When the time finally came Lee had a speech prepared, talking about how this was farewell and not goodbye. We all hugged multiple times and then parted ways. It was so easy for our group to just be done, everyone going their separate ways. Our group was so special. (The next day we would learn that Brian and Diane did eventually make it Tuolumne Meadows just a few hours behind us! They made it to the Post Office/restaurant just before 5pm and had just enough time to get some food and beer. They stayed with Zoe and Amber in the backpackers campground. They hauled ass to complete 15 miles that last day, including climbing up and over Donohue Pass!)
We made it to the Visitors Center and had three hours to kill before the shuttle would pick us up. The Visitors Center was quite disappointing, I was hoping to buy some Yosemite themed things but there wasn't much. I did end up getting a stamp with the day's date, a little keepsake for the end of this hike. We made some friends while we waited, everyone was wondering why we had such big packs. Every now and then we would exclaim, "WE DID IT!!!"
The top of Donohue felt like the end and the last day felt like a post script. Was it all really over? Did it even happen? Did I dream it? The YARTS but was 15 minutes late and as the sun was setting we left Tuolumne. The road down heading east is steep and at some points I thought the bus was going to go right toff the edge of the road and we would "Thelma and Louise" it, off into oblivion. I kept smiling feeling proud of what I had accomplished. We got a room at the Shilo Inn in Mammoth and I sunk into that bed, eating pizza and watching America Ninja Warrior because we could.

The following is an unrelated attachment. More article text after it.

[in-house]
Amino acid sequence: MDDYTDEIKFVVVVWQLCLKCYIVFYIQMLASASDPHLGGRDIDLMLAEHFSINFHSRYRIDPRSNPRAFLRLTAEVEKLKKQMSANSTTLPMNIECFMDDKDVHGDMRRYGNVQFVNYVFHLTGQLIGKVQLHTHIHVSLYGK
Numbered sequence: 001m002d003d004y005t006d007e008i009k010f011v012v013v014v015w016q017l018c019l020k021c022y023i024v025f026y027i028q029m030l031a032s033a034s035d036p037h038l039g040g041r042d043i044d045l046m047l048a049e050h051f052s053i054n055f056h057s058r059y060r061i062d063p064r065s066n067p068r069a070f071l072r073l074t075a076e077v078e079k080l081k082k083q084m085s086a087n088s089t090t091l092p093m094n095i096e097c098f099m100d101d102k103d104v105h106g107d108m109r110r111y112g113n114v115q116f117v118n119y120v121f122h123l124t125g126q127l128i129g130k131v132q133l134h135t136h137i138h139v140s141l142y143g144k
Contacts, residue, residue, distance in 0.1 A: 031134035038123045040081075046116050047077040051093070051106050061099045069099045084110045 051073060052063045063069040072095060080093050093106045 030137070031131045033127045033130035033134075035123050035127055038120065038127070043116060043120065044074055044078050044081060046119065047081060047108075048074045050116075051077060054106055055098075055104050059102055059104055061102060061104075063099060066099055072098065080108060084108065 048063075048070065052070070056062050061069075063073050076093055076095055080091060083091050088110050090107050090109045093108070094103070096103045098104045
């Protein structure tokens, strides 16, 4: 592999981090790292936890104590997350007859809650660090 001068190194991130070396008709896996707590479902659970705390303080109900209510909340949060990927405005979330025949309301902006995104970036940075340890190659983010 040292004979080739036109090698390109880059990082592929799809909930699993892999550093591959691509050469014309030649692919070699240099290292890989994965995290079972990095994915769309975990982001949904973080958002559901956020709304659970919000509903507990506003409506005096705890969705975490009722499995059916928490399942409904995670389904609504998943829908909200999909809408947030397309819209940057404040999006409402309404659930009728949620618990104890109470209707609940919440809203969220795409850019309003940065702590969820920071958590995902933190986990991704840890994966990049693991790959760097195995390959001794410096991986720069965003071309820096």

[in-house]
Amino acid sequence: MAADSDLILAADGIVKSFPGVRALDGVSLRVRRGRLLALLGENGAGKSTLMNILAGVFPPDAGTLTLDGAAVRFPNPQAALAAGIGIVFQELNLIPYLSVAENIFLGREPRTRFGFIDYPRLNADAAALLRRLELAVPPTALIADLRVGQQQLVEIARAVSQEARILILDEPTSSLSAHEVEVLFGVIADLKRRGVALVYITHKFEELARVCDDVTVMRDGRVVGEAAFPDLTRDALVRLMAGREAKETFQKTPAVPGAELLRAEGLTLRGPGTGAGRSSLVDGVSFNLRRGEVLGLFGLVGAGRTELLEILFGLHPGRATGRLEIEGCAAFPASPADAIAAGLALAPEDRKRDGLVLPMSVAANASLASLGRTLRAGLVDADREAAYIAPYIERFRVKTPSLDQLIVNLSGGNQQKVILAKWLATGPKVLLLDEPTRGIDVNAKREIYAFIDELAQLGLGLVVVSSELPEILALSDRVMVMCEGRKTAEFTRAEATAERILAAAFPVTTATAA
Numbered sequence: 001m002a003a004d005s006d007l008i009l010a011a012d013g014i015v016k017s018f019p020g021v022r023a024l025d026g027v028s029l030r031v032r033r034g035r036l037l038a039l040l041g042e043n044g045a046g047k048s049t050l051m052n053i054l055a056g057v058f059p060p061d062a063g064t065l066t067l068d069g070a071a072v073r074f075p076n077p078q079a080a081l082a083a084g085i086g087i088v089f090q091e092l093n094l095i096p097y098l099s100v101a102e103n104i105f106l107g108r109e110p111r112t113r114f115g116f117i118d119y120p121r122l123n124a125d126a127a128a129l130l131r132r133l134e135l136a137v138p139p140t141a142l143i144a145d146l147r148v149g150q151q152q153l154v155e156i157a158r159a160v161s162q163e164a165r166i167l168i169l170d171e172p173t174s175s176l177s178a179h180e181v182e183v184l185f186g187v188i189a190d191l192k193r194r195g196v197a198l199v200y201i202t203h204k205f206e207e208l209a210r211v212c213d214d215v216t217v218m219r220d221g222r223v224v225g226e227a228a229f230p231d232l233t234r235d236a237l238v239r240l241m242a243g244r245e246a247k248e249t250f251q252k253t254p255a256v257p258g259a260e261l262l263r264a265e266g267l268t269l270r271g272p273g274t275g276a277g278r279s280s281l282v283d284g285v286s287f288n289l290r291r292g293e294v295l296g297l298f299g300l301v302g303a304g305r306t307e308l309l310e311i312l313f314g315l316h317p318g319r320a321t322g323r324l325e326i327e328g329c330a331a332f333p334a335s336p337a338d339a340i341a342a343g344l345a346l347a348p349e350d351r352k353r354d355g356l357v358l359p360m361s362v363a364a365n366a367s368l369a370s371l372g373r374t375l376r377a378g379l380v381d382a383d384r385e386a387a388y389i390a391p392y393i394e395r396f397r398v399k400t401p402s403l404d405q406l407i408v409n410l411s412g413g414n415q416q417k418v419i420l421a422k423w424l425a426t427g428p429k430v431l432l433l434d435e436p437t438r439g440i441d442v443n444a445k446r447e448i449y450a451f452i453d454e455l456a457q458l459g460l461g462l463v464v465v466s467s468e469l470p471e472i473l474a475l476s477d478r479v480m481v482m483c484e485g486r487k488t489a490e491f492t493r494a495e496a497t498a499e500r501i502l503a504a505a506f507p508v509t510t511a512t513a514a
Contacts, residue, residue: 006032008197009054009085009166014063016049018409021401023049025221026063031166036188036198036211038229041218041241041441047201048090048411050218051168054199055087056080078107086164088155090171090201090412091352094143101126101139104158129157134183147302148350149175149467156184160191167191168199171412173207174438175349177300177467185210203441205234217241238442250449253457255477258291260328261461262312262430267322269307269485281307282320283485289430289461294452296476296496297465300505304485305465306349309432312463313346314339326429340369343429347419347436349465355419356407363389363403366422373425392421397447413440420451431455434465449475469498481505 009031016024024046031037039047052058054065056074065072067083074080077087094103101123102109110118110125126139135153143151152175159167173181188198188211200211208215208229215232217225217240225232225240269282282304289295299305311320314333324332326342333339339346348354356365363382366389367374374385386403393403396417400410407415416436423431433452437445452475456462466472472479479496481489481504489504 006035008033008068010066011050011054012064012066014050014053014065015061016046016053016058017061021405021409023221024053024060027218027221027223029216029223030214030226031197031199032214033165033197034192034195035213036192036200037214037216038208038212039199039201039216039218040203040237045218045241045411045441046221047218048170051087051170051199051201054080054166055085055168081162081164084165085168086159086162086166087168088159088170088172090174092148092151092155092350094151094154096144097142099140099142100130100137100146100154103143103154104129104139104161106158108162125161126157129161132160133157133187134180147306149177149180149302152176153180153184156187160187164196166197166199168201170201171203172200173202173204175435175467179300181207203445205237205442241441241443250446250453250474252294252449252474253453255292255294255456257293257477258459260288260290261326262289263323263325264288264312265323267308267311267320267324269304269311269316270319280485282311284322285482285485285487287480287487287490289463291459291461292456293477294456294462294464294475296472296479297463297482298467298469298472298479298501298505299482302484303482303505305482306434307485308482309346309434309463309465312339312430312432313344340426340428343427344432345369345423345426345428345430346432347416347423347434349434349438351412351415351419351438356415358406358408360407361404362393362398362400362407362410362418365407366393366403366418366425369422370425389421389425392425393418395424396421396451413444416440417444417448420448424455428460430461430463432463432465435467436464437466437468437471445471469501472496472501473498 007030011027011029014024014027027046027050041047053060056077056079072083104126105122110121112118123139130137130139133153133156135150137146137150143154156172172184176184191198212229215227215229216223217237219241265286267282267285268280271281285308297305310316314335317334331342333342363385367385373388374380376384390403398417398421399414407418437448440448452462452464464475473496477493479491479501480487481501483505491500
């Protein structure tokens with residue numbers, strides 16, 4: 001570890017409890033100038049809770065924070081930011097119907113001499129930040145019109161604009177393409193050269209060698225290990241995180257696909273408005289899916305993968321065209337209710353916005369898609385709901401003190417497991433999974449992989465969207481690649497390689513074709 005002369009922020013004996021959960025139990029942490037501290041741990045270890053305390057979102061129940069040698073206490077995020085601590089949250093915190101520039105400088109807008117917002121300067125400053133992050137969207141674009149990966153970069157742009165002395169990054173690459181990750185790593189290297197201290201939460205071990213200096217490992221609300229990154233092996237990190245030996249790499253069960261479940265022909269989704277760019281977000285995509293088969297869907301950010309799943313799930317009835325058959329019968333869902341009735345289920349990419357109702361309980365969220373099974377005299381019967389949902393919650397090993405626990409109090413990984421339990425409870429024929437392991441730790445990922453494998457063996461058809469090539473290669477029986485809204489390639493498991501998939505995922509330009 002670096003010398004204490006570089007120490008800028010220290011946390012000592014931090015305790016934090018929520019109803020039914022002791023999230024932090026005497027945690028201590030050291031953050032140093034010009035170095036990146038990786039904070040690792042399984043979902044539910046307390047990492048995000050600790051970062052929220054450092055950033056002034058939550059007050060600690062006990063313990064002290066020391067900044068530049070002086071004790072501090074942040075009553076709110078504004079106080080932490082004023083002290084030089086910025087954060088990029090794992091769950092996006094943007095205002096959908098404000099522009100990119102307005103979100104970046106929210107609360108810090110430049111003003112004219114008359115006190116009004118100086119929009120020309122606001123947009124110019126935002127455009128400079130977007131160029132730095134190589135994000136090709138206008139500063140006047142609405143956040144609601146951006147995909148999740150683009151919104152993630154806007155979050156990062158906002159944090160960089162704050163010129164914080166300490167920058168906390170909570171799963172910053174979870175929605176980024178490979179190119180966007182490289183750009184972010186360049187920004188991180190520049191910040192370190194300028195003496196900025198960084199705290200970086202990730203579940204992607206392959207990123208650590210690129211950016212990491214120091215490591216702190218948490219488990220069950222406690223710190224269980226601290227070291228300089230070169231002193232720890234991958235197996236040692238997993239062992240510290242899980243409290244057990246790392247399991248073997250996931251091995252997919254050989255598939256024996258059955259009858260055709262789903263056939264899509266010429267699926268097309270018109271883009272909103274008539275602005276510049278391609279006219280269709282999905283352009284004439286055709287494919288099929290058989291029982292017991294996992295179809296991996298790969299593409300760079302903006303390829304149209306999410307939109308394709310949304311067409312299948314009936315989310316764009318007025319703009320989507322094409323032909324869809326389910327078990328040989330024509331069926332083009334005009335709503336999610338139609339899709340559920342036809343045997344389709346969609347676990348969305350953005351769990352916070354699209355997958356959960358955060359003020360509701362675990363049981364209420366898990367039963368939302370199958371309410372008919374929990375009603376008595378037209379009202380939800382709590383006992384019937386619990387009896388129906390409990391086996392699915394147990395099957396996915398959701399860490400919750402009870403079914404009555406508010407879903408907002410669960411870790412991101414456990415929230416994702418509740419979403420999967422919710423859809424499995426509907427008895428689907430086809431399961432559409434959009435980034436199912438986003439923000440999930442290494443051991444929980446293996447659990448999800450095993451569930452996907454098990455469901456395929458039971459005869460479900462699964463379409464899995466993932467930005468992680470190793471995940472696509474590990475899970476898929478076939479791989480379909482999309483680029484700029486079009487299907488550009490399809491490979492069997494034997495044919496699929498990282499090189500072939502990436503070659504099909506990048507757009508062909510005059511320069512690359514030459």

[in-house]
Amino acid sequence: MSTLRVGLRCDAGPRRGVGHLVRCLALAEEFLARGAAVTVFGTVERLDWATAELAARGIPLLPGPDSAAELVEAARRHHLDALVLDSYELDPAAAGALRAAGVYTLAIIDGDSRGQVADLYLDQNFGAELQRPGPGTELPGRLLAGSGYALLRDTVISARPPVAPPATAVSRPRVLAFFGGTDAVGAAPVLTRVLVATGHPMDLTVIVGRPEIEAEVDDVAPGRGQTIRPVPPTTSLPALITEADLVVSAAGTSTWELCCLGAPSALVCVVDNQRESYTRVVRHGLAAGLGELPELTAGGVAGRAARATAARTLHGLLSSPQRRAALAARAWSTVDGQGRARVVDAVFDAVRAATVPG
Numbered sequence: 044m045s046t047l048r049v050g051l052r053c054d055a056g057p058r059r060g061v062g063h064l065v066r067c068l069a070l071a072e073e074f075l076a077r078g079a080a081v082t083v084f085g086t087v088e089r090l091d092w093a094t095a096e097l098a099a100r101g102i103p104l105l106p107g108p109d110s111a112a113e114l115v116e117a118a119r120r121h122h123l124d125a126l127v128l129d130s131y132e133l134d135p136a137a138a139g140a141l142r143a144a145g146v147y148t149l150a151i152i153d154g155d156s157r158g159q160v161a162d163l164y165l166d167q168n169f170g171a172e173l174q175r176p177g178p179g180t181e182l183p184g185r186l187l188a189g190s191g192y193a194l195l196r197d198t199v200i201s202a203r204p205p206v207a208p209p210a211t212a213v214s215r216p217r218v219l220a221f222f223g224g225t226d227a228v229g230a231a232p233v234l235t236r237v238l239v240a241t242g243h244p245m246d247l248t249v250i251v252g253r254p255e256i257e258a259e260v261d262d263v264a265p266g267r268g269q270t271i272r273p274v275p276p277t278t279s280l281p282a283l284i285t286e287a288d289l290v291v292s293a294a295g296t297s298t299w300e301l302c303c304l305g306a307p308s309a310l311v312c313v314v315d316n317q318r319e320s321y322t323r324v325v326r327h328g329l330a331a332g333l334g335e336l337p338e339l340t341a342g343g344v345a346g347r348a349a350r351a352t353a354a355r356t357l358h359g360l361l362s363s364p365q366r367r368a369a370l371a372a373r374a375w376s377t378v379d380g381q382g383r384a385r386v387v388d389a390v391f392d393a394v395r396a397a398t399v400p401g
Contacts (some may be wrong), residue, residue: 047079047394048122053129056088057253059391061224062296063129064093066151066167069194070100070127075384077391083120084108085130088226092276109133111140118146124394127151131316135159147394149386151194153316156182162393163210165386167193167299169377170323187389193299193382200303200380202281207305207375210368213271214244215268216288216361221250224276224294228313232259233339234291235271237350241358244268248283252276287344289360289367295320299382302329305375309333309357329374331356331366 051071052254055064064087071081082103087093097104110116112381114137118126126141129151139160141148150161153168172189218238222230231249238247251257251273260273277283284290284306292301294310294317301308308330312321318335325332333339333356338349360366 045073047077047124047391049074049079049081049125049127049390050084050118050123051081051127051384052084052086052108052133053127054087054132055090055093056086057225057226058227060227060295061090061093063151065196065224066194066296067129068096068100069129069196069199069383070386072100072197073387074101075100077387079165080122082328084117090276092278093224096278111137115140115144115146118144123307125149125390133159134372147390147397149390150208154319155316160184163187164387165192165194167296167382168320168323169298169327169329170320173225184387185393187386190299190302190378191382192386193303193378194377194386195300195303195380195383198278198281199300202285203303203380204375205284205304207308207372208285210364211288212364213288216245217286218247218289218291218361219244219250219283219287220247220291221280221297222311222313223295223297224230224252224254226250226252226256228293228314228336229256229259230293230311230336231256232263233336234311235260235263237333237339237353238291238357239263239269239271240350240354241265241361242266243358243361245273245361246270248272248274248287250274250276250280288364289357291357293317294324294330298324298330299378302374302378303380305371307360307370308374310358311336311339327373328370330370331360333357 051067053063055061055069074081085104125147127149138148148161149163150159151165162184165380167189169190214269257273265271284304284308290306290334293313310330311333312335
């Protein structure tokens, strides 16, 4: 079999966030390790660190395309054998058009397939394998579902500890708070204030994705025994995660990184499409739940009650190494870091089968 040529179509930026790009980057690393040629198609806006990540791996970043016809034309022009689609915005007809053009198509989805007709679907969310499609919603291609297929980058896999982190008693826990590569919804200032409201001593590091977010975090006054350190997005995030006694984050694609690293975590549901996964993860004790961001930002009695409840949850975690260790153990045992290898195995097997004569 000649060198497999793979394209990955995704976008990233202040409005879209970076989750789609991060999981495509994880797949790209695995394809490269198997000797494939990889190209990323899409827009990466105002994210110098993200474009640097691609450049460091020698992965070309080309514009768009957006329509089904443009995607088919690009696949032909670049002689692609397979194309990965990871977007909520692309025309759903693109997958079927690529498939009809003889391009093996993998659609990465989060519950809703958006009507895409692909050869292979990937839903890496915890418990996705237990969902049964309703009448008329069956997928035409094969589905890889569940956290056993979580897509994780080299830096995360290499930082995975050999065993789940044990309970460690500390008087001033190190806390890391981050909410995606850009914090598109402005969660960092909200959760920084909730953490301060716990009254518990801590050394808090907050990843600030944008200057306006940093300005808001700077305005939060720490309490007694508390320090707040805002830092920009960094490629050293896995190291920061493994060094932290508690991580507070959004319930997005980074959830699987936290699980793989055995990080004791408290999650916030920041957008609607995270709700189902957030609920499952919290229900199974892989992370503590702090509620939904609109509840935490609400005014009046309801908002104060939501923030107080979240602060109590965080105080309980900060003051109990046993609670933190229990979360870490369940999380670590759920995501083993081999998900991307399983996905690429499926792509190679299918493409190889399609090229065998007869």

Day 25 - Friday September 13, 2019
In the morning we were up early again to catch the Eastern Sierra Shuttle to Lone Pine. We'd busted our butts to get to Tuolumne by Thursday so that we could get to Mammoth Thursday night to catch the morning's shuttle back to Lone Pine, which only runs Mon-Fri. It's a lot easier to get going in the morning when you don't have to tear down camp!
Riding down Hwy 395 and looking at the edge of the Sierras I just kept thinking how theirs a whole other world on the other side. I'm so grateful I got to experience it. When we got off the shuttle at the McDonald's in Lone Pine we ran into another PCT friend from VVR - what a small world! My car was thankfully still parked at the Film History Museum, right next to Lee and Meghan's. We talked to the owner of the museum who had given Lee and Meghan a ride to the trail head at the beginning of their hike. We stopped at a few other stores looking for JMT momentous and trinkets but no luck.
Then it was time for another goodbye. I know we'll all hike together again someday and I'll plan to visit Lee and Meghan out east. And I was ready to be back home. But it is hard to end this adventure. The people have been amazing. We spent over two weeks together every single day! We hugged goodbye and they were off. I stopped at the Visitor Center where I got my permit, delaying my own goodbye with the Sierras. I looked up at Mt. Whitney, in the same parking lot where I'd first properly seen it, where almost a month before I'd picked up my permit with no idea what was in store for me. I couldn't help but laugh. I'd climbed that! I hiked over 230 miles! I DID IT!!!
As I turned on to Hwy 395 heading south I too a final look at Whitney and blew her a kiss. It was finally time to head home. This had been the most challenging but incredible experience. I'm so proud of what I've done. I can't wait for the next one!